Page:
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30-Day Proverbs - Day 1-13


The first chapter of Proverbs clearly states that one must avoid the temptations put forth by sinful men. They will try to entice the weak and it is critical to never give into their temptations regardless of how good the promises sound. The goal of such men is to take those who are good and outright plunder them.


If you strive after wisdom and listen to words of wisdom, and seek it like gold and silver, then you'll develop the fear of God. God, says the speaker, is the one who dispenses wisdom—storing it up for good people, and helping guide the righteous and just.


Proverbs 3 is a father's speech to his son. He tells him to follow in his ways, trust in God, pursue Wisdom, and treat others properly. He also tells him not to envy the lawless because God gives them what they deserve.


The key theme is balance, moderation, wholesomeness and having a clear conscience. The book of Proverbs Chapter 4 proposes that wisdom is life itself and should be treated as such. When treated as sacred it will make our lives sacred and secure.


Proverbs 5 is a father’s lecture to his son. The father warns his son about the dangers of the “strange woman” (probably another man’s wife), and, on the flip side, encourages him to enjoy his own wife. The lecture ends with a statement about the wicked: they will die for their sins.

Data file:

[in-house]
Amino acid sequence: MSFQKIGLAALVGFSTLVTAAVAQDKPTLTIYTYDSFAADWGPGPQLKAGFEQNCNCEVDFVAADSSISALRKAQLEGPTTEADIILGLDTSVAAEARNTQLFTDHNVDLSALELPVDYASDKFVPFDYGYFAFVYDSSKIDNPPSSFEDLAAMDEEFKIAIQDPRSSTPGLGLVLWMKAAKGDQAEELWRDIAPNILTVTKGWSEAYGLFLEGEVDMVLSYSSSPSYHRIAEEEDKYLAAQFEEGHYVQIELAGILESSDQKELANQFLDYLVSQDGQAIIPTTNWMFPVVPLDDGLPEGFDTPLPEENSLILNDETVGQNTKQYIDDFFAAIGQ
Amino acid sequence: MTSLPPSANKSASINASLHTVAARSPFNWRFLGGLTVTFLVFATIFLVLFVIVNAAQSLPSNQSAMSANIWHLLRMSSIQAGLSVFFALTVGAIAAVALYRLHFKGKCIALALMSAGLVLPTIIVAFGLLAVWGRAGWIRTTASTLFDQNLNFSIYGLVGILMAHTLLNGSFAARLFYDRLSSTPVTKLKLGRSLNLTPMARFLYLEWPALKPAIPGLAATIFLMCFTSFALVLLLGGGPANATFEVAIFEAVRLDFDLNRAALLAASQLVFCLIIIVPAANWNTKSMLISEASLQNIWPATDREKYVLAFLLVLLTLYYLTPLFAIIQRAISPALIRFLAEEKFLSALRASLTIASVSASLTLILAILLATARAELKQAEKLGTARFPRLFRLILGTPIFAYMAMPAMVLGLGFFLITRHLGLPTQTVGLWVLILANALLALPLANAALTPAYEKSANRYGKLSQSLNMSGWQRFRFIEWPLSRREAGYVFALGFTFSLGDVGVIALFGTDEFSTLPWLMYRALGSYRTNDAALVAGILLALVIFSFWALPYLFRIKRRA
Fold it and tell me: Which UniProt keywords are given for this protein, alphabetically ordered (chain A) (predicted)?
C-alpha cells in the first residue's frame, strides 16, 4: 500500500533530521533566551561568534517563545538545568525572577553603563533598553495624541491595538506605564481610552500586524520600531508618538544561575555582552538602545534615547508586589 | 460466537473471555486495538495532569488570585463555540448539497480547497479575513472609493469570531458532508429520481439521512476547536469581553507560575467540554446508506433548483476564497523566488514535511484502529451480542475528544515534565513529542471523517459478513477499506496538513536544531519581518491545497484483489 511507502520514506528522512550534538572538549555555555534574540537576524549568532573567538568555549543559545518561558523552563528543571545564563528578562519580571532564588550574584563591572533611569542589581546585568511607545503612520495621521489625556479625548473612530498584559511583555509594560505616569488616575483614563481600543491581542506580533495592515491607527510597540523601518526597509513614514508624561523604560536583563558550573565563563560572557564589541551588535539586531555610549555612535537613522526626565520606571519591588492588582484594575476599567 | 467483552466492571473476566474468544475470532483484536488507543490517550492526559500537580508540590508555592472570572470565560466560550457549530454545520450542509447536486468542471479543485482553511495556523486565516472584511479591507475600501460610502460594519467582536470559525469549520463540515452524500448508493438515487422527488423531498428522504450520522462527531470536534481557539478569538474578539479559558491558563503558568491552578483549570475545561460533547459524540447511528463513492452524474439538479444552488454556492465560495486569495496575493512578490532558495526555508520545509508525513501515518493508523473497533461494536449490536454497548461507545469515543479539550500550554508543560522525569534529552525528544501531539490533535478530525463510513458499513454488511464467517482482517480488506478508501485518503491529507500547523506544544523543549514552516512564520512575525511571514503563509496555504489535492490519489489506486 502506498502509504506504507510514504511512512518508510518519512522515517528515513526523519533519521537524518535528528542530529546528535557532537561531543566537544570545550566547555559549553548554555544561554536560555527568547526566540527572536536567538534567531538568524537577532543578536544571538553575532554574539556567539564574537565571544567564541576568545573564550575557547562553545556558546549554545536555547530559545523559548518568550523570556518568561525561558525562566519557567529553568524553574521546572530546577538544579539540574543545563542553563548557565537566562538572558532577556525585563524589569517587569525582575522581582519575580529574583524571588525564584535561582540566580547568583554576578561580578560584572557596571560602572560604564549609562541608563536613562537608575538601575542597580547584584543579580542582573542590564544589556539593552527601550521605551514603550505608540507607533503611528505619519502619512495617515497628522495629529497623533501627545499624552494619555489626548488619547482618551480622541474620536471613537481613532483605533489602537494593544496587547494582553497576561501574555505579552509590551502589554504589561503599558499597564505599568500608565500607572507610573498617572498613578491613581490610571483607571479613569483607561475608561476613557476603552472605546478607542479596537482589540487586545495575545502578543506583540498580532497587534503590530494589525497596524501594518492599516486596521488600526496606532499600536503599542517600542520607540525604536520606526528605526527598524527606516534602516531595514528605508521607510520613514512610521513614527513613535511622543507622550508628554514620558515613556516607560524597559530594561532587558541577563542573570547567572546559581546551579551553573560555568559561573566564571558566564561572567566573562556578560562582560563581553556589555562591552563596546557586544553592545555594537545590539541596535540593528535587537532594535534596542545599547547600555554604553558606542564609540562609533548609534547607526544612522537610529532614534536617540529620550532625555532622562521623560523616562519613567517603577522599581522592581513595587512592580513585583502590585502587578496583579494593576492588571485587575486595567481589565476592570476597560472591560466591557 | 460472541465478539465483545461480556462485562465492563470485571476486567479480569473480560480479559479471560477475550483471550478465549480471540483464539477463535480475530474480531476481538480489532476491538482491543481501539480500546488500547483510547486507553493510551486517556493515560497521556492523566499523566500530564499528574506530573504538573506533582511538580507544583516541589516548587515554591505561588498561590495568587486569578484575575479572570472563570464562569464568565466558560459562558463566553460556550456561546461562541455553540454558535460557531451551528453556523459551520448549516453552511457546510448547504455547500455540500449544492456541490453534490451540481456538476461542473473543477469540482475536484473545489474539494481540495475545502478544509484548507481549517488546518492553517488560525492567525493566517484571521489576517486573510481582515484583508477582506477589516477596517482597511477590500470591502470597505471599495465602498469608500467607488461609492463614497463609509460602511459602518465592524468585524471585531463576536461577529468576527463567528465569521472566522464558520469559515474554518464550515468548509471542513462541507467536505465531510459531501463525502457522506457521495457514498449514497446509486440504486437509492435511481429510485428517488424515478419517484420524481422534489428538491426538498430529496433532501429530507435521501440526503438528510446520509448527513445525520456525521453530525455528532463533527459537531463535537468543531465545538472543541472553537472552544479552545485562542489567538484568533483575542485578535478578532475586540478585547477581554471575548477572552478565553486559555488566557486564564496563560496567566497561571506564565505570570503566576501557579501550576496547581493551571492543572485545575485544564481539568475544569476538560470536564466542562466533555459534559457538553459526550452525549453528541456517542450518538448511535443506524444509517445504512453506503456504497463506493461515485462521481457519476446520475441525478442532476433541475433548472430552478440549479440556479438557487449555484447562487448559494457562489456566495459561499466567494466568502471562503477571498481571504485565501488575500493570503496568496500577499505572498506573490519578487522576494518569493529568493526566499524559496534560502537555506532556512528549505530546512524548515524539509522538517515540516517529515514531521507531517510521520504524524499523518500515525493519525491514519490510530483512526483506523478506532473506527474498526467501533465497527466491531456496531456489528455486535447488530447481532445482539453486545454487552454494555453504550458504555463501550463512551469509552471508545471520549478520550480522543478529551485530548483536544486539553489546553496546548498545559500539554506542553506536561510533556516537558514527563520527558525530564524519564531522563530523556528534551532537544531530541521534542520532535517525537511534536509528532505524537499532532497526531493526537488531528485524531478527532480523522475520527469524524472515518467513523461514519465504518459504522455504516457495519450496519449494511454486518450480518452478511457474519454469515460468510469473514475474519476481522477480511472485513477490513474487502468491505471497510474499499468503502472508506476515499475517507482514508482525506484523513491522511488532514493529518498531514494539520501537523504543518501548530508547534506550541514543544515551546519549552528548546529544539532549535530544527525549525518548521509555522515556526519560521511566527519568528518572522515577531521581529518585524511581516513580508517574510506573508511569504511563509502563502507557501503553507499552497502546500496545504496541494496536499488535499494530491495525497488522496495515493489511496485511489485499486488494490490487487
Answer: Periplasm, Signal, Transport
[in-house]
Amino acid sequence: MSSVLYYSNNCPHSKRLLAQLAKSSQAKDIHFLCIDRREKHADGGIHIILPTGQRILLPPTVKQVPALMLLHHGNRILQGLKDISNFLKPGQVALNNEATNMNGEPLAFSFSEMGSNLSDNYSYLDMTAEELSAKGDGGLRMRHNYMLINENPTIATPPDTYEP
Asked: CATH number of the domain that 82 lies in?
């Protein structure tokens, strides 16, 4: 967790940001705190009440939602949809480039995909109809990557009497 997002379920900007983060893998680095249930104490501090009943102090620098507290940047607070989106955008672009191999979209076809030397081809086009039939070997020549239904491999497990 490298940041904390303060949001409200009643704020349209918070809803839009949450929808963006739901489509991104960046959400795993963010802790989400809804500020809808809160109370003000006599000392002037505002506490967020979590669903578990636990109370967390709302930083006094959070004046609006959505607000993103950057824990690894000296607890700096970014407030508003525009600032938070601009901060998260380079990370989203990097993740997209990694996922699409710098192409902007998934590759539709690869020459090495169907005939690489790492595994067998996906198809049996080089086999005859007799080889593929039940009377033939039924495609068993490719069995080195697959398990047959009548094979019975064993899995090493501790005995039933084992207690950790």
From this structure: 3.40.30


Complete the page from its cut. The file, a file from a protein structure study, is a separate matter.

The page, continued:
The themes are fairly simple: love wisdom and seek it with all your heart; be righteous and wise; and don't be wicked or foolish or lazy or a contentious wife or an adulteress (there are long passages in chapters 5 and 7 relating to this subject).


Clearly this chapter is about God's Wisdom for right living. The example of the naive young man who is lured into bed by a wayward/brash/loud/rebellious and “persuasive” married woman of “fair speech” is a warning against immorality and adultery.


Wisdom and Knowledge

This is what Proverbs is all about: puttin' that "wis" with the "dom." It's all about wisdom, knowledge, and understanding—and it all begins with fearing God.


Wisdom and folly are personified and the intended audience is admonished to choose wisdom over folly. The author's intention is to urge people to enter into this way of wise living.


A wise son makes a glad father. Love covers all offences. With many words, sin is not lacking. The righteous will never be uprooted.


Chapter 11 of Proverbs continues to delineate the contrast between righteousness and lawlessness. God, in His wonderful grace, uses every opportunity to warn the young and inexperienced of the dangers and sorrows of rebelling against His Word. He puts before them the physical and spiritual blessings to be found in obedience to wisdom and truth.


No one finds security by wickedness. Those who work the land have food. Rash words pierce like a sword. Righteousness leads to life.


The righteous hate lies. Hope deferred makes the heart sick. Whoever heeds reproof is honoured. Whoever spares the rod hates his son.

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